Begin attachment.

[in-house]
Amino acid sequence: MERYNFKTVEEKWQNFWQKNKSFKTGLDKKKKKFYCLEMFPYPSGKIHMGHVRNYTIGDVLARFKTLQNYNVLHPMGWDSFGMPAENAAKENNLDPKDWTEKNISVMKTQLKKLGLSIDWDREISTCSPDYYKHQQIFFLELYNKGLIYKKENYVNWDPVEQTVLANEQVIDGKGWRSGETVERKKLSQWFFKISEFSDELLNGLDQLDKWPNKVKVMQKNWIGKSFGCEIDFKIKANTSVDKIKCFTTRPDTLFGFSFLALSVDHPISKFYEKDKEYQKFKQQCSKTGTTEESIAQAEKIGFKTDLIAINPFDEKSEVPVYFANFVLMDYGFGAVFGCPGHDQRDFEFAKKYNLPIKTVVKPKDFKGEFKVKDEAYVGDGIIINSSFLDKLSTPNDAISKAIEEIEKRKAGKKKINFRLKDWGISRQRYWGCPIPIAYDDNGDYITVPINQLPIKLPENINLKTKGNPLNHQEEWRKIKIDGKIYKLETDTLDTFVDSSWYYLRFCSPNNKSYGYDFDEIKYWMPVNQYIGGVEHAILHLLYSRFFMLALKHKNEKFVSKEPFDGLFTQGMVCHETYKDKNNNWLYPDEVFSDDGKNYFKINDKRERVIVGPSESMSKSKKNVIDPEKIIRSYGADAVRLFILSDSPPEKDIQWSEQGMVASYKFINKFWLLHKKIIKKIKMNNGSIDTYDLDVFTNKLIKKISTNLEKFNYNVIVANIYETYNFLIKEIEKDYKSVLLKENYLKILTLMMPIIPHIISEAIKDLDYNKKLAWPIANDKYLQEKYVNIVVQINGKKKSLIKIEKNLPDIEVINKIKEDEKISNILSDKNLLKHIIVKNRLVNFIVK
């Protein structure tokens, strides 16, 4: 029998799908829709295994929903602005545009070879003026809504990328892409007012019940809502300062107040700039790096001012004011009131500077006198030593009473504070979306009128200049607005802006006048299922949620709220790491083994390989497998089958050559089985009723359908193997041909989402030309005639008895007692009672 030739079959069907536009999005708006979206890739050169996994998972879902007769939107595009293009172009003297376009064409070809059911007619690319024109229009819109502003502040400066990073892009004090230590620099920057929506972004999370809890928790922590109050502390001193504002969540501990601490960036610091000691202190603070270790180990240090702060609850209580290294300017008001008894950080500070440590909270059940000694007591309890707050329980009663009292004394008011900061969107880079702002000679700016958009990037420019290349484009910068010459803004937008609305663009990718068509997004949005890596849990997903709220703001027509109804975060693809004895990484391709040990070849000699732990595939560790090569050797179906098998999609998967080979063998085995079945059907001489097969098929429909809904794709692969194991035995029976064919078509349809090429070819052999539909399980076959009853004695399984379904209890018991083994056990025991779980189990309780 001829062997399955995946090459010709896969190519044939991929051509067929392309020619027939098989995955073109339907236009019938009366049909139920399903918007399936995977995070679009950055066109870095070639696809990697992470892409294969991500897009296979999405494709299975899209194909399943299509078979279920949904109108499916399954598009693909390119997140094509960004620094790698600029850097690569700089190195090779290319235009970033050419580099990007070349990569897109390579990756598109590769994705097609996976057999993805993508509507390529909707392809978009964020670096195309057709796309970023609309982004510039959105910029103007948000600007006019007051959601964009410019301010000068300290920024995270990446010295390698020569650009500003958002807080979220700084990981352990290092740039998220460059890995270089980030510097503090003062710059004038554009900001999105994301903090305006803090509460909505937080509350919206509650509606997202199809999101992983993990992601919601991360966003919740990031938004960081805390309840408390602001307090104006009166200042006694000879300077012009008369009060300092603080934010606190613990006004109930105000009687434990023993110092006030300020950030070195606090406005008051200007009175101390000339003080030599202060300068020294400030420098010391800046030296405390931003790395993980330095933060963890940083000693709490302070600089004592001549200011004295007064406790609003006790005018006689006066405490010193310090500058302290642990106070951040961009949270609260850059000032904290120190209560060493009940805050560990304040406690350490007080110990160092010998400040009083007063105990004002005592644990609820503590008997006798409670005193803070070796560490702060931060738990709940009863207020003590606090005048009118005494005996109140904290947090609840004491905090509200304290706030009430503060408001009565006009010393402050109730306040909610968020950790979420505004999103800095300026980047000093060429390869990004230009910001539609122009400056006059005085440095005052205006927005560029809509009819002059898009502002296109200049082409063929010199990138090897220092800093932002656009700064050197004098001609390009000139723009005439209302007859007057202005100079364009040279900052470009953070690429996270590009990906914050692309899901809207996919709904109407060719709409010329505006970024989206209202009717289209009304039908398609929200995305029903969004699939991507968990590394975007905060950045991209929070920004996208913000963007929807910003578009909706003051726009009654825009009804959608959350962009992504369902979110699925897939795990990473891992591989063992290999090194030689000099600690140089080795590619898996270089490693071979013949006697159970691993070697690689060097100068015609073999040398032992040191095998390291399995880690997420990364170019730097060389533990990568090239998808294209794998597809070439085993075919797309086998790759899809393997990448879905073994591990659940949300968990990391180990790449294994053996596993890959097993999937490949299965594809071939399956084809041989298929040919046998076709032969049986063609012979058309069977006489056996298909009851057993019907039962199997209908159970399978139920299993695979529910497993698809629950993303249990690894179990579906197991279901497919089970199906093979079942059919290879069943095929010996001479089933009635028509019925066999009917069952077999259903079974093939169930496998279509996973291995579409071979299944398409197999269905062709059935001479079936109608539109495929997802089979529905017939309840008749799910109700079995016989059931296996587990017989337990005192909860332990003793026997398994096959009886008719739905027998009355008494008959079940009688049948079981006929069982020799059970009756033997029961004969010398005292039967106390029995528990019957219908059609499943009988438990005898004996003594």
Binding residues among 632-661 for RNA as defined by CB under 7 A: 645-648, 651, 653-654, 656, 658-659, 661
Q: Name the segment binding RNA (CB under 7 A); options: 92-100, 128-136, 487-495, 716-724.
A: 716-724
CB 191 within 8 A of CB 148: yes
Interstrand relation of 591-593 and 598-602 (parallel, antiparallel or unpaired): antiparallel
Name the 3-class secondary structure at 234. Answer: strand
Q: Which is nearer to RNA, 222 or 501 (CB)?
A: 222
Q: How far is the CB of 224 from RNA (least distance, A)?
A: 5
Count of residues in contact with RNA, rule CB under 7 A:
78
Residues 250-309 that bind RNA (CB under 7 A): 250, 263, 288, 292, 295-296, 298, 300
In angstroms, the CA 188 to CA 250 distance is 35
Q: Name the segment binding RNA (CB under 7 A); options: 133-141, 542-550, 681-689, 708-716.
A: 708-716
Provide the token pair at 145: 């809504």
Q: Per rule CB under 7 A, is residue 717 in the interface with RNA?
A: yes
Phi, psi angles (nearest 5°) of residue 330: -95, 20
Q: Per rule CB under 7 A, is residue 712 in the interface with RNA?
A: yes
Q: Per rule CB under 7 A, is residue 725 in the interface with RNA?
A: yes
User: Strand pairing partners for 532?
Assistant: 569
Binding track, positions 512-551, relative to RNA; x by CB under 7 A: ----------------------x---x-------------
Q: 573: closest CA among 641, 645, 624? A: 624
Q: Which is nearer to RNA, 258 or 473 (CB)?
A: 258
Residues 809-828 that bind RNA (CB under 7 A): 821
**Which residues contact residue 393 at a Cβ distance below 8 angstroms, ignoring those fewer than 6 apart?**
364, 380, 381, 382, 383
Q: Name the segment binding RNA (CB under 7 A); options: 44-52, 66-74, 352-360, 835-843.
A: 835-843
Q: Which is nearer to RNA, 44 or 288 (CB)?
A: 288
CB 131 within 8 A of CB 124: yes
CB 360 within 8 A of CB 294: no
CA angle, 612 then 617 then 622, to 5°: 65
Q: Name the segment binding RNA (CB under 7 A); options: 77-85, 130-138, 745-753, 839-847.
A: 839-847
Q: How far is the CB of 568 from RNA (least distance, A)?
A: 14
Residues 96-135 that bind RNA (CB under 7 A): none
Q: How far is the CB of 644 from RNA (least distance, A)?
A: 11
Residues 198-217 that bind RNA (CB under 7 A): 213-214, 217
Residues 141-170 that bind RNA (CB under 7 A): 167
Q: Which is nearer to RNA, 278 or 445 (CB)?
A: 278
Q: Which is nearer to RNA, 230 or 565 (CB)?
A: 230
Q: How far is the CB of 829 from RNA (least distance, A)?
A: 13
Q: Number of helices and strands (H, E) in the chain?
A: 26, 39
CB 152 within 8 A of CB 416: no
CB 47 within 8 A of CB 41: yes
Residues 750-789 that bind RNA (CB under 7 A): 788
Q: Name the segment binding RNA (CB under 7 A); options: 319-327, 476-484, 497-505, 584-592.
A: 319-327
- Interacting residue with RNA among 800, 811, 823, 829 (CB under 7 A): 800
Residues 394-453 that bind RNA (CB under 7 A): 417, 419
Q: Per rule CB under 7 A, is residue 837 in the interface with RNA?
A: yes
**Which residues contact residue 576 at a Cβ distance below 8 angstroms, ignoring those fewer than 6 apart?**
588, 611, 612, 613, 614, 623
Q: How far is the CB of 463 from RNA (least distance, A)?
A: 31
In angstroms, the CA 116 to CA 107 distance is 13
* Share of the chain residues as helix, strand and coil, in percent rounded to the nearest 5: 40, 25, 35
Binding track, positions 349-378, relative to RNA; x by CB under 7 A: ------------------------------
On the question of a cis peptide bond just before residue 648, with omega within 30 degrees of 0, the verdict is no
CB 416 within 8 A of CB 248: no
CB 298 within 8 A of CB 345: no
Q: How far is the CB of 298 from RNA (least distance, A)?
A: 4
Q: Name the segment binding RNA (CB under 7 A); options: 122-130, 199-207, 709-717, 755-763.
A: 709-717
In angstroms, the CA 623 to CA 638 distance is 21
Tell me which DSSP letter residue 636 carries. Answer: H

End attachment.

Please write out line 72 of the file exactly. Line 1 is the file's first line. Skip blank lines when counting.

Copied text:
Q: How far is the CB of 463 from RNA (least distance, A)?